New Year’s Eve partygoers are urged to avoid cheap “fake” alcohol sold by rogue retailers.
Ahead of one of the biggest night’s out of the year, the Local Government Association (LGA) cautions counterfeit bottles of vodka can contain industrial strength levels of alcohol.
Toxic ingredients include the chemicals isopropanol - often found in antifreeze, and ethyl acetate - commonly in nail varnish remover and glue.
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Consumption could lead to permanent blindness, kidney or liver problems and even death, the LGA adds.
Representing councils across England and Wales, the body warns revellers to look out for tell-tale signs of counterfeit alcohol as they stock up ahead of tomorrow’s festivities.
These include unfamiliar brand names, crooked labels, spelling mistakes, different liquid levels in bottles of the same brand, unusual sediment and prices that seem “too good to be true”.
“It’s appalling rogue traders selling illegal alcohol are willing to play roulette with the health and wellbeing of their customers by prioritising quick profits above safety,” Simon Blackburn, chair of the LGA’s safer and stronger communities board, said.
“We want people to enjoy their New Year’s Eve celebrations, but anyone buying alcohol needs to look out for signs it could be fake because it could leave them seriously ill and, in extreme cases, cost them their life.
“People are advised to only buy alcohol from reputable outlets and be wary of any items being sold at suspiciously cheap prices, as they could be counterfeit.”
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Another warning sign is vodka that smells of nail varnish, suggesting it is fake.
“Councils target businesses selling fake alcohol all year round, but generally step up operations in the run-up to the festive period when rogue sellers often seek to exploit demand,” Mr Blackburn said.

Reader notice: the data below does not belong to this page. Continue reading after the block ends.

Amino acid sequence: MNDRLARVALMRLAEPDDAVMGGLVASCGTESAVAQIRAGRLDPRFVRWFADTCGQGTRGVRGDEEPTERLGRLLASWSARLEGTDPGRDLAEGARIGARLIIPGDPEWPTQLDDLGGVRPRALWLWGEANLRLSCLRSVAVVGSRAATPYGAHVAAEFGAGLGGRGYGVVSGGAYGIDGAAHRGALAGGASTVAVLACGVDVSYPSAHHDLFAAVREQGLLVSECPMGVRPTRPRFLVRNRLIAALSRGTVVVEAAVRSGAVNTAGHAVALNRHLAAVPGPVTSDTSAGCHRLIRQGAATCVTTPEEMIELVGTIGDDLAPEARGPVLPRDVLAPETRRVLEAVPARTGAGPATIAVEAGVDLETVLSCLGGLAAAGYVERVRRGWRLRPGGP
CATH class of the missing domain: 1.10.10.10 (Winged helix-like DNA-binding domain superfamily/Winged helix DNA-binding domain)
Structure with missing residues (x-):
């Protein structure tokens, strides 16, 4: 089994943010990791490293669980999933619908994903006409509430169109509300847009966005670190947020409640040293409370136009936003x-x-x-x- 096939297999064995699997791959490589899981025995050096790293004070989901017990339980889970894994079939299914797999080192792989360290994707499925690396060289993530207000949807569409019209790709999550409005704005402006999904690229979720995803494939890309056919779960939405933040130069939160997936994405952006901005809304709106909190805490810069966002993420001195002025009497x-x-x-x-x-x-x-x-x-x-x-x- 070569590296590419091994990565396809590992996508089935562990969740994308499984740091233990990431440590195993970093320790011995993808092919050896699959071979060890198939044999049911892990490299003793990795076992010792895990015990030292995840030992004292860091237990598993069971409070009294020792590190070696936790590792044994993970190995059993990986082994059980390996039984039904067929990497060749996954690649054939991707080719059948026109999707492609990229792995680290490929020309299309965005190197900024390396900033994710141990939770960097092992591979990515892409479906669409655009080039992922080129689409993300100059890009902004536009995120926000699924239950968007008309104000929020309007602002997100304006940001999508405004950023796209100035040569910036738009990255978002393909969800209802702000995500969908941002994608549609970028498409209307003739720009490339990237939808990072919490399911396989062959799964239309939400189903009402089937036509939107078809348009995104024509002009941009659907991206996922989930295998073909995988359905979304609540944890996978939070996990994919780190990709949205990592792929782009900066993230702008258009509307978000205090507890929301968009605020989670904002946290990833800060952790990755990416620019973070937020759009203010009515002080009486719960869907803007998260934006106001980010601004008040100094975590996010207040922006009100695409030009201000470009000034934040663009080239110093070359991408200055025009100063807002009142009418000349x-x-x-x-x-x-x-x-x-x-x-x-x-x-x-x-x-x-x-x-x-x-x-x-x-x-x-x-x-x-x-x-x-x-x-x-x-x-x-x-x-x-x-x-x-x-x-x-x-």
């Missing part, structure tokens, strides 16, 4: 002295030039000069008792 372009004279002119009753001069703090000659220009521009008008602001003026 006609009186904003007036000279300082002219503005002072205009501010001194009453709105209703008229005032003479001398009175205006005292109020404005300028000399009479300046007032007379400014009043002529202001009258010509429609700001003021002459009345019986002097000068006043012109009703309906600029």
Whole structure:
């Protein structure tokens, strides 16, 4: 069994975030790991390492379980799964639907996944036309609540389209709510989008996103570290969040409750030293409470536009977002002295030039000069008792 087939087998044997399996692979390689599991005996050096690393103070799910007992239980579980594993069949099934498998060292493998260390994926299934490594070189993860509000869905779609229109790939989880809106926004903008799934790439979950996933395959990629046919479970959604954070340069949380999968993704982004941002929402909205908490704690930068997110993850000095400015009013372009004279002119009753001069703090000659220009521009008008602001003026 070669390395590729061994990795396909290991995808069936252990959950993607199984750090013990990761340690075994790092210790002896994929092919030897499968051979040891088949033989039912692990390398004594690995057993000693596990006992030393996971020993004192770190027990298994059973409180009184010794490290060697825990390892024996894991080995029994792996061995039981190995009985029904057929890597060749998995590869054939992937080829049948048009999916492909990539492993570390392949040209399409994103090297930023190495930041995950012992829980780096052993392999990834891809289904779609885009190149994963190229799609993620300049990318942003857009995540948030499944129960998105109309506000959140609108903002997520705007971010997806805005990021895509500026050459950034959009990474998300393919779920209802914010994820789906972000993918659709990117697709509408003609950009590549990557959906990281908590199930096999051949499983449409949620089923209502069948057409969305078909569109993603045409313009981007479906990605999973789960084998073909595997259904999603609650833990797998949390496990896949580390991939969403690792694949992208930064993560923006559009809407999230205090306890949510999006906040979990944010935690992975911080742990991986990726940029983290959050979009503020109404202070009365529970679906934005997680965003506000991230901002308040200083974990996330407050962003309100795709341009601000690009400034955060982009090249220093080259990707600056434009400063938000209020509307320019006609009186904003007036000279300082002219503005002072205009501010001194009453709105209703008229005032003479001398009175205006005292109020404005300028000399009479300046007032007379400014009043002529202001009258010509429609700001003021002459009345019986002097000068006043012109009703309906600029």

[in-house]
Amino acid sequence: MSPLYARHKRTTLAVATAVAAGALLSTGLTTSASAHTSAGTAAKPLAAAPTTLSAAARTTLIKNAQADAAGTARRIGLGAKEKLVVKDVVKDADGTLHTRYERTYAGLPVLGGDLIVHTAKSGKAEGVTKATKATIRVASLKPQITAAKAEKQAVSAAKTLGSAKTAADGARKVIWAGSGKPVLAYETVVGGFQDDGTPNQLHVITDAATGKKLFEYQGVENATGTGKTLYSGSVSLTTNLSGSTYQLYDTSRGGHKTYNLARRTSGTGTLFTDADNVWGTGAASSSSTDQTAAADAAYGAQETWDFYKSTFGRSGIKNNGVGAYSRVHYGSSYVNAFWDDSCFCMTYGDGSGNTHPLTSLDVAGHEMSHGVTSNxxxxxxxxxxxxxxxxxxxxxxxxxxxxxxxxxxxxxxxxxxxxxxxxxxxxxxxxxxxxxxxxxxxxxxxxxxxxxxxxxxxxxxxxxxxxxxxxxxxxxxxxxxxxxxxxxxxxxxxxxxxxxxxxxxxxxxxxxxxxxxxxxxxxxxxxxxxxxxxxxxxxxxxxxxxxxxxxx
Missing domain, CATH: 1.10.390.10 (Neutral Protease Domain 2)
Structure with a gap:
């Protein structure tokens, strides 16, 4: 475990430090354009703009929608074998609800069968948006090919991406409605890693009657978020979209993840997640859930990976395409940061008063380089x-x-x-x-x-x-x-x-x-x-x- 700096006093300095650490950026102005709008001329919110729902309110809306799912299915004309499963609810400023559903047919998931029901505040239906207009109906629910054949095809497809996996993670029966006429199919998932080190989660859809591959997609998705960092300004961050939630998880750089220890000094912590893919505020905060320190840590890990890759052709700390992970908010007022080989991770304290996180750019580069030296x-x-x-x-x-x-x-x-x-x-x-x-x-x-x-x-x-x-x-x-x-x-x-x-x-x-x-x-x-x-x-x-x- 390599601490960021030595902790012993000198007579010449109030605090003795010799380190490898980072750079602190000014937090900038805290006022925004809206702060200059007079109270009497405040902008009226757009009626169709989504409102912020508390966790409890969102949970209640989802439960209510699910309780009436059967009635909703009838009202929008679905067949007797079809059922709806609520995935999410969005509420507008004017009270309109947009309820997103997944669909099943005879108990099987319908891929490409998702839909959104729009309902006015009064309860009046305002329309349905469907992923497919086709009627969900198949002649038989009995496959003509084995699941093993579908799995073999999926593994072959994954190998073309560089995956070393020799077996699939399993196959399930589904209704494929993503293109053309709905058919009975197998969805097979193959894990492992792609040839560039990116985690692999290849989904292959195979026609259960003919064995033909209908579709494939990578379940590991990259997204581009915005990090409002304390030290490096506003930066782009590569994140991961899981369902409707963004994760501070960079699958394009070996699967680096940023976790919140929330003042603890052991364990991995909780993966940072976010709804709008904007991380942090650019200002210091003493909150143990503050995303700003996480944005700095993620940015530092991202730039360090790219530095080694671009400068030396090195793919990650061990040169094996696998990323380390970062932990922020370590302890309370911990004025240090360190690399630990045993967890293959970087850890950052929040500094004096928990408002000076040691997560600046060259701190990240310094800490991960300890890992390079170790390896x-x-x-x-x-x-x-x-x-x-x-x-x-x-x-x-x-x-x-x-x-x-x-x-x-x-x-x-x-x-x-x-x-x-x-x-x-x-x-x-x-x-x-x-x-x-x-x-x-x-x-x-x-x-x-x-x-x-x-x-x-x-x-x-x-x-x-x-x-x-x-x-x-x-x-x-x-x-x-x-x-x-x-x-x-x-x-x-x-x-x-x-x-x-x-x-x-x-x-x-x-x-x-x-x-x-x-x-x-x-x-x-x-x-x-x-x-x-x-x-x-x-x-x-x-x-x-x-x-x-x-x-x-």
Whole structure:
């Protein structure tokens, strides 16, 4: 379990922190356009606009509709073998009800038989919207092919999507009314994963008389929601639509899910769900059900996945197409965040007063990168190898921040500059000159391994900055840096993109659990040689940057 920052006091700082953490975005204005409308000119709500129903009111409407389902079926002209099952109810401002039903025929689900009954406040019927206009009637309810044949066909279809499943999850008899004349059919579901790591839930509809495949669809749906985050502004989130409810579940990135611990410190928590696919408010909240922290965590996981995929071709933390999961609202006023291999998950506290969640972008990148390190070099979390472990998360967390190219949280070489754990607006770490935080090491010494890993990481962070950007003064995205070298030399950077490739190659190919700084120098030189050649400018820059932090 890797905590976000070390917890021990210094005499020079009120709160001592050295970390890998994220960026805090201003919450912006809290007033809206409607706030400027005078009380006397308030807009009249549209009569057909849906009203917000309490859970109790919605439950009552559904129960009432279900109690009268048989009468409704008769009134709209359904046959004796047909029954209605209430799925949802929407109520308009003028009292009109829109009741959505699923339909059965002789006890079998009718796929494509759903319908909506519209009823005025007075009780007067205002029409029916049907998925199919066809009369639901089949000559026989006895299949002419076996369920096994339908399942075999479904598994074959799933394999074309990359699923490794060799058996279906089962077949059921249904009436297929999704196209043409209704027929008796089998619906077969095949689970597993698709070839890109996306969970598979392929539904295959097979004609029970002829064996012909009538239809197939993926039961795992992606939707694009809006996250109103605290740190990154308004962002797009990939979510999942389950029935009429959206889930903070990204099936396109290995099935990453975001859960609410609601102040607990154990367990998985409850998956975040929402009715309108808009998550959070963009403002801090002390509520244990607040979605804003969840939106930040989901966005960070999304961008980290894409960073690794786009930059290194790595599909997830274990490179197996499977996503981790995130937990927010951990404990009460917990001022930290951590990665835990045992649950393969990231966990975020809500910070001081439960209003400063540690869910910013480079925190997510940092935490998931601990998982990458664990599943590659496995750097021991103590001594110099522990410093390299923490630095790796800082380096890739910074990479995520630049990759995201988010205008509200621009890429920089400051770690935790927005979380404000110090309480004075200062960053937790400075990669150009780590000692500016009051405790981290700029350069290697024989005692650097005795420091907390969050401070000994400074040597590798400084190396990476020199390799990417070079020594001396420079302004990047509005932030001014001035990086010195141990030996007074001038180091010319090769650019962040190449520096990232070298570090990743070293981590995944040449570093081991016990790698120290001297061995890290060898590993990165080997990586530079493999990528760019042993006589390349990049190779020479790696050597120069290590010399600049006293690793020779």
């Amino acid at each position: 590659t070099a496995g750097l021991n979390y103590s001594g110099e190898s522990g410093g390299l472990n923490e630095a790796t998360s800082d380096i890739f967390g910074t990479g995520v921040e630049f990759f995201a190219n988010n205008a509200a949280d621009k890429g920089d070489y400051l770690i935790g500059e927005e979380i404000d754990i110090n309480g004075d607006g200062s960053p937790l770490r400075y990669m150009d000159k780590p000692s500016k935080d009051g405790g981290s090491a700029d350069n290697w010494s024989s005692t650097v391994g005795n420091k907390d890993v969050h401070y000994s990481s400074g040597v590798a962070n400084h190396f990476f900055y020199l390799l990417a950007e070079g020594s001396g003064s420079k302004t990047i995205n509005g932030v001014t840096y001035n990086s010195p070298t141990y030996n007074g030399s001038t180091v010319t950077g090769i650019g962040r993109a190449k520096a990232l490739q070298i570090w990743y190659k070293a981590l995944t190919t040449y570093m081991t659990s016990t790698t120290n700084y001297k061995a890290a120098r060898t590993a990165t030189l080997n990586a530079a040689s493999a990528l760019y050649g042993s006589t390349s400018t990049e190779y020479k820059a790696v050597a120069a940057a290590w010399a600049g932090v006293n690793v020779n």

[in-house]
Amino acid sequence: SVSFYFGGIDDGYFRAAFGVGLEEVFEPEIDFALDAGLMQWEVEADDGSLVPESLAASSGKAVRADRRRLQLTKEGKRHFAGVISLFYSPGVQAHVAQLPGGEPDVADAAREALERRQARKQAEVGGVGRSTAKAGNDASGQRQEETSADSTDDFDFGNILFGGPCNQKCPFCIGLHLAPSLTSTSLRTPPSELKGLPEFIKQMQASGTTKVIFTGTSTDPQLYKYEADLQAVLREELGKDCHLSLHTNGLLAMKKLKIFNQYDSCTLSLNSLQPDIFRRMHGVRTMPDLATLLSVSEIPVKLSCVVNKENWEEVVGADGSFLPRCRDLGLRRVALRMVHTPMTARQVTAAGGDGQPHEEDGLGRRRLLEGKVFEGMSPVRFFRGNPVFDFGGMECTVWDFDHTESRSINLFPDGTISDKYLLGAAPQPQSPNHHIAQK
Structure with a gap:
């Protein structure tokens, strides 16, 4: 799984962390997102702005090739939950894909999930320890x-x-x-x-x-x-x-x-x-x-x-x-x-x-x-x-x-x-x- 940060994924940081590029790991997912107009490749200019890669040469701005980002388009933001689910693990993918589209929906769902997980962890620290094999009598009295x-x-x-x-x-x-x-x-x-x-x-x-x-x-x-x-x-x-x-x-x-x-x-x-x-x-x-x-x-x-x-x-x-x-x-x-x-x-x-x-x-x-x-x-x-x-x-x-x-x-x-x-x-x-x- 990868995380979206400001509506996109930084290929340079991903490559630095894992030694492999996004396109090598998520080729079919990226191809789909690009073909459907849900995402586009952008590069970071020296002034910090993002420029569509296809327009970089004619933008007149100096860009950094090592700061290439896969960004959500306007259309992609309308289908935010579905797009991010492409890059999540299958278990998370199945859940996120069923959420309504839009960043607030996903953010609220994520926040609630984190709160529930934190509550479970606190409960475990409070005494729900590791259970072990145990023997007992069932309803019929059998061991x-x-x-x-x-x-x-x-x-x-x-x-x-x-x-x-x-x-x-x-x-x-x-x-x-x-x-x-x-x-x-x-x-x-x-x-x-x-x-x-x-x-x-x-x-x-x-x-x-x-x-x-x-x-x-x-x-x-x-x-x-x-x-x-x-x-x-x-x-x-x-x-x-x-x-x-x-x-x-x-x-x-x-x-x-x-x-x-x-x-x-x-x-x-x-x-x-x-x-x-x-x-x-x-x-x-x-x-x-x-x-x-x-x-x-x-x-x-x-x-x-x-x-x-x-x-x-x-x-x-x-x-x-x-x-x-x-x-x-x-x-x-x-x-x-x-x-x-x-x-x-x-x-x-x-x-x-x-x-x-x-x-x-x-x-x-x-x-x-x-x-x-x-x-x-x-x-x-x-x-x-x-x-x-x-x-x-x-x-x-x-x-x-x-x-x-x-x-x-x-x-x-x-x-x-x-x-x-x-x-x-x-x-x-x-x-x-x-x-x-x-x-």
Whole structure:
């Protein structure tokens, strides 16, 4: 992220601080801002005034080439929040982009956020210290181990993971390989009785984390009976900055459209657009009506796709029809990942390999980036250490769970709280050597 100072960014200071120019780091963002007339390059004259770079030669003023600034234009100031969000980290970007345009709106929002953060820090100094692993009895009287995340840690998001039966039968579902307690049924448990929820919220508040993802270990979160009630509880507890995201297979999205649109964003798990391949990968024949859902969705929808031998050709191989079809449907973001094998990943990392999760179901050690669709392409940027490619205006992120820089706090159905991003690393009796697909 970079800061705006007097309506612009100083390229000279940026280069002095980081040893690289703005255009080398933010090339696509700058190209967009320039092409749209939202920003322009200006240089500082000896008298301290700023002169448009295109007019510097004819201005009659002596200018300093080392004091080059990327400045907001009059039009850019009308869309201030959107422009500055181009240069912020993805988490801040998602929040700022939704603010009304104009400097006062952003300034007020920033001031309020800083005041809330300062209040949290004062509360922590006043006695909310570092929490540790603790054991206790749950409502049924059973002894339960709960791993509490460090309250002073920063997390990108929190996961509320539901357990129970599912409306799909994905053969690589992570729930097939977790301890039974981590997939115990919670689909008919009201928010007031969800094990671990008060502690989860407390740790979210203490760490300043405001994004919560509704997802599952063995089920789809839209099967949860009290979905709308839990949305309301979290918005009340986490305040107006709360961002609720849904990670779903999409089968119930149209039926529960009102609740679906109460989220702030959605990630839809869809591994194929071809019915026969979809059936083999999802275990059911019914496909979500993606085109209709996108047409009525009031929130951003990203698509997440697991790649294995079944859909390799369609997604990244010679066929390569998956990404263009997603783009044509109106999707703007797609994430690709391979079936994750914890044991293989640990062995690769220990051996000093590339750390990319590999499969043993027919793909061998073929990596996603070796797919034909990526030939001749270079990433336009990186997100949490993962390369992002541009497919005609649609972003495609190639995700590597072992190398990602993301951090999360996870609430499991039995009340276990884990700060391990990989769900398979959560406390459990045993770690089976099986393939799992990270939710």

“Anyone selling illegal alcohol should think twice about stocking these dangerous drinks as we will always seek to prosecute irresponsible traders and encourage the public to report any suspicious business activities.
“Counterfeit alcohol is not only a serious danger to health, it harms legitimate traders and threatens livelihoods, with the counterfeit market funding organised criminal gangs.”
Alcohol fraud is reported to cost the UK around £1bn ($1.31bn) a year. By not paying tax, fraudsters can undercut legitimate companies.
Councils have already seized counterfeit vodka from shops and storage facilities ahead of tomorrow’s festivities.
This includes Trading Standards’ officers seizing 900 bottles of illegal Smirnoff vodka in the Royal Borough of Greenwich.
Retailers selling illegal alcohol could lose their licence, be fined up to £5,000 ($6,564), jailed for up to 10 years and left with a criminal record.
Anyone who thinks they have consumed fake alcohol should seek medical advice immediately.
The incident should also be reported to the local environmental health officer, by calling Citizens Advice on 03454 04 05 06 or the Customs Hotline on 0800 59 5000.